CMS Grants Aponvie Pass Through Status


Aponvie is the first intravenous version of aprepitant adults to prevent postoperative nausea and vomiting.

The Centers for Medicare & Medicaid Services (CMS) has granted transitional pass-through reimbursement status for Heron Therapeutics’ Aponvie (aprepitant) for intravenous use in adults for the prevention of postoperative nausea and vomiting. Effective April 1, 2023, and Aponvie will have a C-code C9145 and be reimbursed separately outside of the surgical bundle payment by Medicare at an average sales price +6% in both the hospital outpatient department and ambulatory surgery center settings of care. Aponvie recently blaunched with a wholesale acquisition cost of $58 per vial.

CMS grants pass-through status to certain new and innovative medical devices, drugs, and biological products. Drugs that are administered in the hospital-based outpatient department and ambulatory surgical center settings can have pass-through status. CMS collects utilization data during this pass-through period, and the agency uses this information when determining how to adjust the payment rate for the service using the product after transitional pass-through status expires.

For pass-through products used in a hospital setting, CMS reimburses 100% of the cost for Medicare Part B patients, and no copayment applies. When a pass-through drug or device is used in an ambulatory surgical center, however, the 20% copayment does apply.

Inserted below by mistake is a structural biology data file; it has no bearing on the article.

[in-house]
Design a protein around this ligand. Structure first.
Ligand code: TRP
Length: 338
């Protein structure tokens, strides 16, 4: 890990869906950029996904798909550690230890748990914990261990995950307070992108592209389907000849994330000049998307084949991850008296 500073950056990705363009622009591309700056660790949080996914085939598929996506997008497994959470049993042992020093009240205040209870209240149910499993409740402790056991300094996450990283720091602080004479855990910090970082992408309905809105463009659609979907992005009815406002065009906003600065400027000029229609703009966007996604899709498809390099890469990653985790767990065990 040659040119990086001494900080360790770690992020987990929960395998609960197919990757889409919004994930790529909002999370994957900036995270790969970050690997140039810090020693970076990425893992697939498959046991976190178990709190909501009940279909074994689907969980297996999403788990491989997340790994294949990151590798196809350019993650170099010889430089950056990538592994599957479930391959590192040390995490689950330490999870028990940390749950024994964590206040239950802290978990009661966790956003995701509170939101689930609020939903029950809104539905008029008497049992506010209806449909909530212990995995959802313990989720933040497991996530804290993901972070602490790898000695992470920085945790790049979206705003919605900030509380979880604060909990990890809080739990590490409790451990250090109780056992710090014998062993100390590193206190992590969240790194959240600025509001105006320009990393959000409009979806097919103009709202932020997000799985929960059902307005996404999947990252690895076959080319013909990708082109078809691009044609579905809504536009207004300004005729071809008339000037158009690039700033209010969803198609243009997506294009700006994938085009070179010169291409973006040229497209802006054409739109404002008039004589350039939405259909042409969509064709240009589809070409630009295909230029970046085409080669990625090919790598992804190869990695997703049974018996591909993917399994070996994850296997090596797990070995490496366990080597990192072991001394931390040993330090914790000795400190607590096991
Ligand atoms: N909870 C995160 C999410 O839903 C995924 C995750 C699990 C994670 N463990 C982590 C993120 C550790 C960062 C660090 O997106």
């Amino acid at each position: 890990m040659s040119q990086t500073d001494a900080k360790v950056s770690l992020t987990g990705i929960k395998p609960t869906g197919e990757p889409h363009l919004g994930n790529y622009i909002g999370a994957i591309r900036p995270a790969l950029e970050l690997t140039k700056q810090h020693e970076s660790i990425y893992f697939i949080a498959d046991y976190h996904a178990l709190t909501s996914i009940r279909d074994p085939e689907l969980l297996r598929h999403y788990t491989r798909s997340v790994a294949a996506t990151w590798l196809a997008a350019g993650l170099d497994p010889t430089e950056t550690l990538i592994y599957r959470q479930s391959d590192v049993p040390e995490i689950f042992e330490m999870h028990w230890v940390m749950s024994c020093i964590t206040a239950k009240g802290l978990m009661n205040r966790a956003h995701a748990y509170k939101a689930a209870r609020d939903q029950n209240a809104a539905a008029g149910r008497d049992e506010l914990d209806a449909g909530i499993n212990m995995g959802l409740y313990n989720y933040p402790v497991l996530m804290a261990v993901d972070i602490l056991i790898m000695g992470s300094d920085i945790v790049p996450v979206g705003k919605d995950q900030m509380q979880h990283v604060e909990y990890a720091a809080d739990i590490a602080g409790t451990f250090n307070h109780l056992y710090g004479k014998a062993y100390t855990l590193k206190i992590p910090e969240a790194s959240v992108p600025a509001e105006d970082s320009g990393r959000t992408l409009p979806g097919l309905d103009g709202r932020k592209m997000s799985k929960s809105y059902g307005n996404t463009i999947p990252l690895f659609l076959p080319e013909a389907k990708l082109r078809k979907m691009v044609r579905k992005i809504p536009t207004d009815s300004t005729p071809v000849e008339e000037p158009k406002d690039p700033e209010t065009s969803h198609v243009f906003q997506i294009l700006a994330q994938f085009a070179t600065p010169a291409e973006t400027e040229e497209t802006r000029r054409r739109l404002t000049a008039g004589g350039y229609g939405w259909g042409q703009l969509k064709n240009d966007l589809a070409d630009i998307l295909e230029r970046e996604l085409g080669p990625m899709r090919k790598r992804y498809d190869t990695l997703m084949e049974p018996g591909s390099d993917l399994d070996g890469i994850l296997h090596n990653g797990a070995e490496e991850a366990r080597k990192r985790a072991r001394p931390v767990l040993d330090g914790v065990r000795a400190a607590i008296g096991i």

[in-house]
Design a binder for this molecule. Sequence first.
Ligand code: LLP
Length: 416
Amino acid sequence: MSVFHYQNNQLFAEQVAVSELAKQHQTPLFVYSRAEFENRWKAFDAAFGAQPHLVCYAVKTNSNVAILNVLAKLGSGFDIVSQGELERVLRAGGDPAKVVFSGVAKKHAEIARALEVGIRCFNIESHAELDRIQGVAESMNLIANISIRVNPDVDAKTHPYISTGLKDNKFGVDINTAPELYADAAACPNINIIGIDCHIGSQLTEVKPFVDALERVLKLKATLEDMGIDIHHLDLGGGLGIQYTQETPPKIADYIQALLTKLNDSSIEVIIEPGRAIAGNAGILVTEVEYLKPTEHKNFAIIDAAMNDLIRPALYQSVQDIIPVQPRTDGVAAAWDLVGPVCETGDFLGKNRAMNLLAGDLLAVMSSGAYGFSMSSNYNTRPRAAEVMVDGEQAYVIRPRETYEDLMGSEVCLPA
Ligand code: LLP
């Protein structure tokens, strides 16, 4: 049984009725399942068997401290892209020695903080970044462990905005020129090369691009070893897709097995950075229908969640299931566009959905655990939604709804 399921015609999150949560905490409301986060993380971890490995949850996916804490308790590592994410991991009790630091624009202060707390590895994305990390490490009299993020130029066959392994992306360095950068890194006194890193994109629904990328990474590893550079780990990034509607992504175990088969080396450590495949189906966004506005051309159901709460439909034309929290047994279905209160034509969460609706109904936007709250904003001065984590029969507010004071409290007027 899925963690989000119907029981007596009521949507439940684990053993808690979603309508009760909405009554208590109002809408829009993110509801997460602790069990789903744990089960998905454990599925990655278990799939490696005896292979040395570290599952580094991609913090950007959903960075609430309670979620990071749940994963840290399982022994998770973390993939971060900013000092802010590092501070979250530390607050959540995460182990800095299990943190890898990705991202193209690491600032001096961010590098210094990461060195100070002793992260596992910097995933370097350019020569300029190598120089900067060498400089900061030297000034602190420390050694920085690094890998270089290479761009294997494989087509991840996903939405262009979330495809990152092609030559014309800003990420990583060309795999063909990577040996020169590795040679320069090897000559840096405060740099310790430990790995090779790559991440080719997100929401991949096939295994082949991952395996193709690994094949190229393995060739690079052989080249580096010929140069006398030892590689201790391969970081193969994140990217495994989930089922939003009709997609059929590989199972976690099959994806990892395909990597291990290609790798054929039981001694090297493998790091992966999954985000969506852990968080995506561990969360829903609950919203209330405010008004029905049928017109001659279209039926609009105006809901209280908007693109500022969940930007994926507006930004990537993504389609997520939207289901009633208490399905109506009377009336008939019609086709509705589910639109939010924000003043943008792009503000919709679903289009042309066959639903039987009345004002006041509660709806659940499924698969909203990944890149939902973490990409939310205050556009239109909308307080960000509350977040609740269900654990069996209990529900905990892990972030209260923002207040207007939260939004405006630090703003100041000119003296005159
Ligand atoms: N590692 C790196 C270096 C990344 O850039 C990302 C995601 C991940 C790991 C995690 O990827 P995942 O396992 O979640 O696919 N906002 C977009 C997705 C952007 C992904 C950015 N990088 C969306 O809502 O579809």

The FDA approved Aponvie in September 2022 for the prevention of postoperative nausea and vomiting in adults. Aponvie is the first IV formulation of aprepitant. It is provided as single-dose vial that delivers the full 32 mg dose and reaches drug levels within five minutes and maintains therapeutic plasma concentrations for at least 48 hours.

Aponvie is the same formulation as Heron’s approved Cinvanti, which is an injectable emulsion formulation for prevention of chemotherapy-induced nausea and vomiting.

The approval is based on data demonstrating the bioequivalence of Aponvie 32 mg as a 30-second IV injection to oral aprepitant 40 mg. Results also showed Aponvie was well-tolerated with a similar safety profile compared with oral aprepitant. Because it is administered as an IV injection, Aponvie provides convenient, rapid, consistent, and reliable exposure in all patients and overcomes the need to take the oral formulation 1 to 3 hours before anesthesia.

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